Exception point applications for 15 points: An unintended consequence of the Share 15 policy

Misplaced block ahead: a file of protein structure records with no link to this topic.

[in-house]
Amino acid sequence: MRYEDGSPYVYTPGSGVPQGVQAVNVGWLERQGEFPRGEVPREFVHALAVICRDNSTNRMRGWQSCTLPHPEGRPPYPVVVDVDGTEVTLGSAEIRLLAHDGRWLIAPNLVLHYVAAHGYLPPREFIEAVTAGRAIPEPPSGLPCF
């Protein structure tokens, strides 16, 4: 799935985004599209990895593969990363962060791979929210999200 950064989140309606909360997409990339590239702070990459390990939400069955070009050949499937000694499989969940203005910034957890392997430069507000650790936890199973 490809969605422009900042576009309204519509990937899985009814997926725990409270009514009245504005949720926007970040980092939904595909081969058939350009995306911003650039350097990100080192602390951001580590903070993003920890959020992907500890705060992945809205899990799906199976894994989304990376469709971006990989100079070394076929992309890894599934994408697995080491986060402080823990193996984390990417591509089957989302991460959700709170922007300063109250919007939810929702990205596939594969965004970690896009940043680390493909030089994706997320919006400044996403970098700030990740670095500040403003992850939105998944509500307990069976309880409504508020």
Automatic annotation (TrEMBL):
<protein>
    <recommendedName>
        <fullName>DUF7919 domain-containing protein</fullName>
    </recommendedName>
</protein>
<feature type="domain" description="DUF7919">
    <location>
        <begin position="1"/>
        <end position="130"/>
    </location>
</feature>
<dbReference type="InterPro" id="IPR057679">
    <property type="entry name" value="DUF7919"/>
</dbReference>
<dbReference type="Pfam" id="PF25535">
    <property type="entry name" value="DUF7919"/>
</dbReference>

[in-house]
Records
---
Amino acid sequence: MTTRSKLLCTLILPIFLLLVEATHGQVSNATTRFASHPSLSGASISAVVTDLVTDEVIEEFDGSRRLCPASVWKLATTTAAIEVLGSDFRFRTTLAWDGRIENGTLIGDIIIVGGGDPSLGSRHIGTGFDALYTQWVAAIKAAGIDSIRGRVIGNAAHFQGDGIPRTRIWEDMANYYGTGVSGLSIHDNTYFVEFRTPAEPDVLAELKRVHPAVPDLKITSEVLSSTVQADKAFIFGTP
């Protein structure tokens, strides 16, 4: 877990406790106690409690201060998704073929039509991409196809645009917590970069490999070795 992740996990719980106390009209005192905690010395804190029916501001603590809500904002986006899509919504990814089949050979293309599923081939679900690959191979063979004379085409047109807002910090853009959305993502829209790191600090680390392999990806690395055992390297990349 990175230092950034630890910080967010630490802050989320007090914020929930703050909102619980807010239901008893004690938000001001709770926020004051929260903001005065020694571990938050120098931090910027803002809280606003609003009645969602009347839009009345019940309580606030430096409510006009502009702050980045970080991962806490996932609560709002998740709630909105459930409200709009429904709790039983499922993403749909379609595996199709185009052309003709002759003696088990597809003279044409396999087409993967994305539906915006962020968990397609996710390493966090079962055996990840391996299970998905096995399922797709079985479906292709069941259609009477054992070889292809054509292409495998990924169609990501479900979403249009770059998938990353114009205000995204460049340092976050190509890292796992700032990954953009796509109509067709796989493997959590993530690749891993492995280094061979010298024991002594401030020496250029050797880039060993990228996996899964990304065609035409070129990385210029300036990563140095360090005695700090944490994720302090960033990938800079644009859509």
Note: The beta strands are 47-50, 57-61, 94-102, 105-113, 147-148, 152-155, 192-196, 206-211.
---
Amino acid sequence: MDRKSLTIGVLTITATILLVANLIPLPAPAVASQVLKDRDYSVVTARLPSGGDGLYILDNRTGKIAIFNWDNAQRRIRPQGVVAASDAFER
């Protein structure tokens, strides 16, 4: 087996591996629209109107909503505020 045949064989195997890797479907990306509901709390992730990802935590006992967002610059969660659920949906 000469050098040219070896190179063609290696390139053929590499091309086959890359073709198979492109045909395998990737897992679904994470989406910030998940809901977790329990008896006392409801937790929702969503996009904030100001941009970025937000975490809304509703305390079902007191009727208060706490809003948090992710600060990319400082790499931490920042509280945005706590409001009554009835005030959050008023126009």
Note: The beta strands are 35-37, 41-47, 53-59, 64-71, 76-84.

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In 2005, the United Network for Organ Sharing (UNOS) adopted the Share 15 policy to improve organ allocation by facilitating transplantation for local and regional patients with Model for End-Stage Liver Disease (MELD) scores of 15 or higher. There has been concern that the lack of standardization in the use of exception points is potentially diminishing the benefits of this policy. We reviewed all applications for 15 exception points submitted through UNOS from January 1, 2005 through March 14, 2011 (notably, there were only 5 applications for 15 MELD exception points submitted before the initiation of the Share 15 policy). Four hundred fifty-two applications were submitted for 301 patients. There was significant regional variability, with regions 3 and 10 submitting 72.1% of all applications. More than one-quarter of the applications (32.7%) specifically requested exception points to make a patient eligible for a local, regional, or higher risk organ. All applications were accepted for 74.1% of the patients, and 72.2% of these patients ultimately underwent transplantation; however, when all applications were denied, only 54.0% underwent transplantation (P = 0.006). Overall, 197 applicants (65.4%) underwent transplantation with a deceased donor organ, and 80.2% of these patients had a native MELD score at transplantation less than 15. In conclusion, these analyses demonstrate several important changes in practice that have occurred as a result of the implementation of the Share 15 policy. Since 2005, there has been a marked increase in the number of applications for 15 exception points, with significant regional variability in their use and a lack of standardization in their approval. Liver Transpl, 2012. © 2012 AASLD.

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